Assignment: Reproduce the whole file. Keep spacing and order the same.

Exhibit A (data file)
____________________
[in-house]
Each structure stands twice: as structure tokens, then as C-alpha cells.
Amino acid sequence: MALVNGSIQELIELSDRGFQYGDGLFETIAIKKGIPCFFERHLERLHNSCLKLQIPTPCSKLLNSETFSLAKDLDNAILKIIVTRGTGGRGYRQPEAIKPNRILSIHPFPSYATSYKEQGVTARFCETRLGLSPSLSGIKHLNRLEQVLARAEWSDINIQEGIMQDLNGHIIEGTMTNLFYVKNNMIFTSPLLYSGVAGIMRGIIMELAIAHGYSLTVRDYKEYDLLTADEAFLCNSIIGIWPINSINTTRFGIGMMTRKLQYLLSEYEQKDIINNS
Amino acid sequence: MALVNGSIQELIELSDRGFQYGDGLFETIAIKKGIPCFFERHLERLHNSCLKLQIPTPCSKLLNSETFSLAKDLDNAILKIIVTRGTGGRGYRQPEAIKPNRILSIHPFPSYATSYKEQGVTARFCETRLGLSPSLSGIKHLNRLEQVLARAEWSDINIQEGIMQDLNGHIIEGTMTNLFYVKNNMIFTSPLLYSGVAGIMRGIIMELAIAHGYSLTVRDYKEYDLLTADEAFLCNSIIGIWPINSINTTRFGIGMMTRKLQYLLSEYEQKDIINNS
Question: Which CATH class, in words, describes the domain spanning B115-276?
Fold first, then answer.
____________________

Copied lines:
[in-house]
Each structure stands twice: as structure tokens, then as C-alpha cells.
Amino acid sequence: MALVNGSIQELIELSDRGFQYGDGLFETIAIKKGIPCFFERHLERLHNSCLKLQIPTPCSKLLNSETFSLAKDLDNAILKIIVTRGTGGRGYRQPEAIKPNRILSIHPFPSYATSYKEQGVTARFCETRLGLSPSLSGIKHLNRLEQVLARAEWSDINIQEGIMQDLNGHIIEGTMTNLFYVKNNMIFTSPLLYSGVAGIMRGIIMELAIAHGYSLTVRDYKEYDLLTADEAFLCNSIIGIWPINSINTTRFGIGMMTRKLQYLLSEYEQKDIINNS
Amino acid sequence: MALVNGSIQELIELSDRGFQYGDGLFETIAIKKGIPCFFERHLERLHNSCLKLQIPTPCSKLLNSETFSLAKDLDNAILKIIVTRGTGGRGYRQPEAIKPNRILSIHPFPSYATSYKEQGVTARFCETRLGLSPSLSGIKHLNRLEQVLARAEWSDINIQEGIMQDLNGHIIEGTMTNLFYVKNNMIFTSPLLYSGVAGIMRGIIMELAIAHGYSLTVRDYKEYDLLTADEAFLCNSIIGIWPINSINTTRFGIGMMTRKLQYLLSEYEQKDIINNS
Question: Which CATH class, in words, describes the domain spanning B115-276?
Fold first, then answer.